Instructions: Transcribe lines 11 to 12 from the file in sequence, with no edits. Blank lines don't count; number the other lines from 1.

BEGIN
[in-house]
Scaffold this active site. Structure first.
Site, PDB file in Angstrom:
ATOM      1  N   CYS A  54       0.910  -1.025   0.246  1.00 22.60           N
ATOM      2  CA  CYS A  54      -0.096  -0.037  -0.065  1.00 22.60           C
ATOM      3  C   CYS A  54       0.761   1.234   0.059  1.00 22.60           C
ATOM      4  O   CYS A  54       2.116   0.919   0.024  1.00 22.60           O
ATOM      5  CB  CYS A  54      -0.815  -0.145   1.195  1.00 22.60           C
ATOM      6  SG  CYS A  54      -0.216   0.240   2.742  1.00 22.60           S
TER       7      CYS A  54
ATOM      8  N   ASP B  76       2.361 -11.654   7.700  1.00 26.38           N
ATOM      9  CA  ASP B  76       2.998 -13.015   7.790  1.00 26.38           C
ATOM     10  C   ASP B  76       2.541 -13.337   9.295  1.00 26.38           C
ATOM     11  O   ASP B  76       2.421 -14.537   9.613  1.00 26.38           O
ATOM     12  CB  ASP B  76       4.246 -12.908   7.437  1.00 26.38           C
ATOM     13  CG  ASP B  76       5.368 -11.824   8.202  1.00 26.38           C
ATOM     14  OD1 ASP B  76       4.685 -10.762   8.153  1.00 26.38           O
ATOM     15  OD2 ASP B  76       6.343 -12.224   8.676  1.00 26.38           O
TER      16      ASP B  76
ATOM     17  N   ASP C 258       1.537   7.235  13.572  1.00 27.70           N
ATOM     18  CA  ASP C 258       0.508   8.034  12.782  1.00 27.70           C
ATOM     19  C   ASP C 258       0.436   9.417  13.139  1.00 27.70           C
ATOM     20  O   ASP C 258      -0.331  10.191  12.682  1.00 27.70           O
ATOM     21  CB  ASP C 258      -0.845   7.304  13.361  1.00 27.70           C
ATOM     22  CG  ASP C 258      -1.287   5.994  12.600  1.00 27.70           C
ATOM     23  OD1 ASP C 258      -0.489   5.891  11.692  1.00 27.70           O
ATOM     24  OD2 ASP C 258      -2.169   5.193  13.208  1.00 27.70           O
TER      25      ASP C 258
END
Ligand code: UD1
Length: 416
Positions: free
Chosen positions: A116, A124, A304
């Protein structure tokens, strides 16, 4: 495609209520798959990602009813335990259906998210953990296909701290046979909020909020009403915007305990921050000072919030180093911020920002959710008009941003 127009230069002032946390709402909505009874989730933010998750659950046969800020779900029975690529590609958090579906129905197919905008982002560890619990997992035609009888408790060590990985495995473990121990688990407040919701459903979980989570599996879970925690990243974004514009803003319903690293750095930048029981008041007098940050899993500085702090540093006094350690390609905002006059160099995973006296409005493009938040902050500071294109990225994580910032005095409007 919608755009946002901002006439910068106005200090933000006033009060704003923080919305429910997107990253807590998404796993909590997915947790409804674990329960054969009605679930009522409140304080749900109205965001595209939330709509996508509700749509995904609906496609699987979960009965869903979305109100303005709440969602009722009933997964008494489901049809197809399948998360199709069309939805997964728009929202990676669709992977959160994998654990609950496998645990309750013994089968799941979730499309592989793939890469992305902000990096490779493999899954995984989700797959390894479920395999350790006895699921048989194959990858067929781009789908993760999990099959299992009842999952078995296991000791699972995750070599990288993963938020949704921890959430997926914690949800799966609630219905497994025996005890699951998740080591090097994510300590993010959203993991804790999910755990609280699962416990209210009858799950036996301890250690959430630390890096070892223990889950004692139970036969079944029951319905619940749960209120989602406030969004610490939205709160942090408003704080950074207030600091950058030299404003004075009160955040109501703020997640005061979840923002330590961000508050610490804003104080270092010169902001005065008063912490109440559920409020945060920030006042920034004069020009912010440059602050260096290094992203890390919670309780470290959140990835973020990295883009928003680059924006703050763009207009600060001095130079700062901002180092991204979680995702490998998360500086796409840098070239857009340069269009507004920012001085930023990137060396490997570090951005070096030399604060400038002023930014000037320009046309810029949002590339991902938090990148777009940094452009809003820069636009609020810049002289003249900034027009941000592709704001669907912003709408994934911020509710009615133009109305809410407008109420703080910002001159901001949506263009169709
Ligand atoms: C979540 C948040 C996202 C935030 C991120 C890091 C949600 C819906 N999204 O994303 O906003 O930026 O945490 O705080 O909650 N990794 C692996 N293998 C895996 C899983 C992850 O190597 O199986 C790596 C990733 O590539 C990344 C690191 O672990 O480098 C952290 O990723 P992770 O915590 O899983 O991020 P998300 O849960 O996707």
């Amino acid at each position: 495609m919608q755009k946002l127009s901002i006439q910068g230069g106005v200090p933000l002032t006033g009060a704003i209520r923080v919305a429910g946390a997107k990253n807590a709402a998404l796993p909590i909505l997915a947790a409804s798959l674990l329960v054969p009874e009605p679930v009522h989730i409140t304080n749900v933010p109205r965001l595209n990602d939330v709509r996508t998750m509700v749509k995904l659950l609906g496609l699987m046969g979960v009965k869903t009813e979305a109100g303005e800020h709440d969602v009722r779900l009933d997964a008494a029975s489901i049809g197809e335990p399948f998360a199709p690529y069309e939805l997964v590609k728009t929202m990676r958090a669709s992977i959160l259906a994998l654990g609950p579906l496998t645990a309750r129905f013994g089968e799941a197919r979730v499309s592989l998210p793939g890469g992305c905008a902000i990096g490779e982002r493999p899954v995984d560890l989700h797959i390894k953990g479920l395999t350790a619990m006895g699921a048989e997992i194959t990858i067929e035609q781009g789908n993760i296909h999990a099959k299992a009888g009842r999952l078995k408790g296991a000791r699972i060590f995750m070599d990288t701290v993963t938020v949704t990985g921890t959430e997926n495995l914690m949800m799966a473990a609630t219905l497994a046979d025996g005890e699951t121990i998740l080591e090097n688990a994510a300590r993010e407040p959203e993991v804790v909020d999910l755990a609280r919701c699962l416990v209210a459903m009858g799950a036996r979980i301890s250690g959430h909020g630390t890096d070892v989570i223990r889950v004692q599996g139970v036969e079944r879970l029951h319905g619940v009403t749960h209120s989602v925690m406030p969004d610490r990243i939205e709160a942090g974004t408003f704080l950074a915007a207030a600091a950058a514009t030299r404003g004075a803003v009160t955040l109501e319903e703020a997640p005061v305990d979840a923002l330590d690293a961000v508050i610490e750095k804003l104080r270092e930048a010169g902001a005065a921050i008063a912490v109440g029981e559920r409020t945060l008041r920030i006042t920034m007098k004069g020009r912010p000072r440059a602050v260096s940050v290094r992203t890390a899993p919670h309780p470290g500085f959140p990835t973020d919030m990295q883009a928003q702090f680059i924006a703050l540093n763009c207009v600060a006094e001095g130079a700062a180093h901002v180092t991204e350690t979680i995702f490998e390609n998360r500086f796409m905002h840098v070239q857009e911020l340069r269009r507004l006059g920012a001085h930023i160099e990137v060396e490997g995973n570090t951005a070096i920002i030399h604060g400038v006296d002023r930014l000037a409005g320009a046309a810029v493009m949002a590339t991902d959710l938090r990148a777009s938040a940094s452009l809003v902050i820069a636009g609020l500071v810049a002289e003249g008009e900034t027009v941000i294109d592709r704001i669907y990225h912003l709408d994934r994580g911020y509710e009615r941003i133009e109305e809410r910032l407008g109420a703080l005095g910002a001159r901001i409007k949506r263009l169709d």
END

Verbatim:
ATOM      8  N   ASP B  76       2.361 -11.654   7.700  1.00 26.38           N
ATOM      9  CA  ASP B  76       2.998 -13.015   7.790  1.00 26.38           C